90 days in: Life in the Netherlands. Is it time to stick or twist?

When I was about one month into my time in the Netherlands, I met up with some other expats.  Those that were here for one year shared with me that the first six months were the hardest.  Some shared horror stories of how they cried every night.  I sympathized with their situation but didn’t feel that I could relate.

Well…fast forward to month three.

Living as an expat certainly is like a roller coaster.  The first few weeks are filled with fascination and sensory overload.  Everything is new and there is an excitement about what lies ahead.  Now, three months into my new life in the Netherlands, life is familiar but oddly, at the same time, unfamiliar.

We are settling into a routine as a family. We have our doctor, our dentist, our trusted neighbour who holds our spare key. The kids are enjoying school and having playdates. I have my favorite cafés. We have a structure to our days.

However, having only three months under our belt, there is also a recognition that my knowledge is very surface level.  I only need to divert from my normal route to realize there are complete neighborhoods I have yet to discover.  When I have trouble navigating a phone tree in Dutch, I am reminded of my significantly limited language skills.

Community

Three months in, I am still developing my community.  Haarlem is a great city for expats.  Every week, there are countless opportunities to meet new people.  We share a common bond and can spend hours discussing where we are from, what brought us here and which Albert Heijn is our favorite.  Although it can be very exciting to meet new people, there is also a desire to go beyond the small talk and build deeper connections.

My friends at home have been my friends for over 20 years.  We know, and accept, each other’s quirks.  Friends that will help you out in the middle of the night. I know they exist here, but it will take time to get to know each other and build our relationships.

I am also still developing my new identity.  For me, my identity was connected to my work.  I was a mom, but I was also a marketer. I worked for a great company for ten years and had a sense of accomplishment in my career.  Stopping work for the move has been an adjustment.  In one way, I am grateful for the break as juggling a move and getting the family adjusted while working would have been extremely challenging.  I have enjoyed spending time with my children and interestingly have been able to keep myself busy.  However, there is an anxiety in building up a new network and trying to discover what is the best next step for your career.

Lucky

Just as life, I have my ups and downs. Some days I ride my bike through Grote Markt and watch the tourists admiring the city and think to myself, “I actually get to live here.”  Then, there are days in which I jump on my bike, get lost trying to find a store and think to myself, “Gosh, I’m sick of going to ten different shops to get all my groceries.” Overall, there are more ups than downs.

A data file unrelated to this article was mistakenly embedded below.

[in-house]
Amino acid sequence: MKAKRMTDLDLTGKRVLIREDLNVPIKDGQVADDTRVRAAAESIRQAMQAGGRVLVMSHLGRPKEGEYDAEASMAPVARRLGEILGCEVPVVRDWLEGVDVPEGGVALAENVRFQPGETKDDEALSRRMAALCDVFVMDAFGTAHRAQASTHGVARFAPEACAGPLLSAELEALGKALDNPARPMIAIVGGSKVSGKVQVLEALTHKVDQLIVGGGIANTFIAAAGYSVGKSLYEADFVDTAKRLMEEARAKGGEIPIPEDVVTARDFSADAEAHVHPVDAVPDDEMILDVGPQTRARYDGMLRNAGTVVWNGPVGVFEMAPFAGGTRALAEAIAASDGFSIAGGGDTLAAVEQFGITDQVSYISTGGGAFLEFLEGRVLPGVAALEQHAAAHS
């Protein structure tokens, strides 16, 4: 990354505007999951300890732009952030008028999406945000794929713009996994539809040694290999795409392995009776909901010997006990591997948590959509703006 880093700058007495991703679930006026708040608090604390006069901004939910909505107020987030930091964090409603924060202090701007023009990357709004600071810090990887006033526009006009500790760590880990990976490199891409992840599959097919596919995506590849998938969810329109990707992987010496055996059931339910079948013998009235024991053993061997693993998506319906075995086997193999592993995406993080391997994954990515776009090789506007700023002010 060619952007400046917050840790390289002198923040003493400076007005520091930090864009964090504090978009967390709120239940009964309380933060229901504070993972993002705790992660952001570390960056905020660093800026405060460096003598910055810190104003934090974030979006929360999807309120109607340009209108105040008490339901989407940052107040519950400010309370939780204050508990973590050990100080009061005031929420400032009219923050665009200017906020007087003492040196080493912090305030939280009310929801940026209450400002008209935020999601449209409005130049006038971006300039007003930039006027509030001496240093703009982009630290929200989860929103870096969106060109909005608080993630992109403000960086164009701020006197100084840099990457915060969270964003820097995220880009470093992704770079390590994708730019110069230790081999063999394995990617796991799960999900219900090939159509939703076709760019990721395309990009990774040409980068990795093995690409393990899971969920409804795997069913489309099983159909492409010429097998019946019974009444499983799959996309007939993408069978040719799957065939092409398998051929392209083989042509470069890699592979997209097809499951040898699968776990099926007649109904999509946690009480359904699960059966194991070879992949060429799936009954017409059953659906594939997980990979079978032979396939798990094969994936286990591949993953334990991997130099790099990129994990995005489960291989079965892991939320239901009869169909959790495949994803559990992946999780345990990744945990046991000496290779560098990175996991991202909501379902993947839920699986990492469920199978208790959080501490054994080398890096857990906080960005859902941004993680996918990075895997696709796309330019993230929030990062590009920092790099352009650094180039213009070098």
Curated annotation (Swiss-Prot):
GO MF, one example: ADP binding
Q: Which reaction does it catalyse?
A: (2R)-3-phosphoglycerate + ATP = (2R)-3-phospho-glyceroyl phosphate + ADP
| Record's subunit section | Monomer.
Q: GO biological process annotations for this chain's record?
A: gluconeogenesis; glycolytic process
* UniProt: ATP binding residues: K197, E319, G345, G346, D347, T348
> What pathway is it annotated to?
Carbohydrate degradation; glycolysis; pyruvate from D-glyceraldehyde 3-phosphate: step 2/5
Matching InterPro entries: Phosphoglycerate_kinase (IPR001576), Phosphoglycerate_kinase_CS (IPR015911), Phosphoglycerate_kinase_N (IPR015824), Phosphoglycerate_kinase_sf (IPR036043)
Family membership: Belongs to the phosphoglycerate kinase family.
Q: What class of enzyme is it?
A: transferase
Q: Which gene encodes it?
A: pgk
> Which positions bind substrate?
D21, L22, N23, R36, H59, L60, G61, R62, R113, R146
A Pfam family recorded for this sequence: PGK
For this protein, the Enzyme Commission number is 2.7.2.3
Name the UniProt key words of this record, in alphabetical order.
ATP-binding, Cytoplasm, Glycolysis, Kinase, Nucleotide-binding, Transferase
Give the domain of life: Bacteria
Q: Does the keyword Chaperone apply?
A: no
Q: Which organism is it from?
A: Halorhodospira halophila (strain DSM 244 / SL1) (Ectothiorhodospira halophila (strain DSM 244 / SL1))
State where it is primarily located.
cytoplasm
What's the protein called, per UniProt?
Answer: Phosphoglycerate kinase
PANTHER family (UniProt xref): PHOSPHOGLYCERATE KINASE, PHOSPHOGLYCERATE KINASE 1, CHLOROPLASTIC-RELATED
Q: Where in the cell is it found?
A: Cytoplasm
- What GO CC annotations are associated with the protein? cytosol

I miss the familiarity of my old life.  At times, I crave the comfort of family, friends, our old home, our community; things that the Netherlands cannot offer us after three months.  Ironically, the predictability in life was one of the reasons why we moved to the Netherlands.

I recognize that it is all in the mindset.  I now have the opportunity to build a new life and have new adventures. I still can’t predict what life will look like for us in one year, but I am glad we made the move. I feel blessed to be in a city with a strong expat community and very welcoming neighbours. I truly appreciate the Dutch lifestyle; my children are starting to pick up Dutch and I am learning the subtleties of Dutch culture.  I’m embracing a positive, patient attitude and saying yes to all opportunities that come my way.

How lucky that every day I am learning something new.  How lucky it is for my children to grow up with such diverse experiences. How lucky we are to call the Netherlands our home.

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2 replies
  1. Sandra
    Sandra says:

    Great article! I can relate to all you’ve shared with the exception of learning a new language (kind of). 35 years ago I took the biggest journey of my life and left my hometown in Birmingham, England to move to the United States. The friends and other expats that helped me establish a new normal we’re an incredible pillar of strength. Enjoy the ride!

  2. Alison Mills
    Alison Mills says:

    Hi Jenifer. It is as if you were writing my life story and reading my mind! Albeit 20 years ago!! My daughter was 6 months, I had left a 60hour a week Job in London, and didn’t speak a word of Dutch! However I hope it gives you and others encouragement, I met (Expat) friends in those toddler years who are as dear to me now as those back home (still are). I learnt Dutch like a madwoman and now also have a deep and close bond with The ‘natives’ I met through the kids (now three of them) school years. It is a great city to create and build communities, big enough to be a city, you can choose to live in, close to or even within a commute to – but even if you live on the outskirts it still small enough to meet up with and visit friends all over the region. Enjoy your time here – your honeymoon period is over, now ‘just life’ has begun. It hasn’t all been plain sailing but I chose to ‘stick’ and am glad if it. Good luck.

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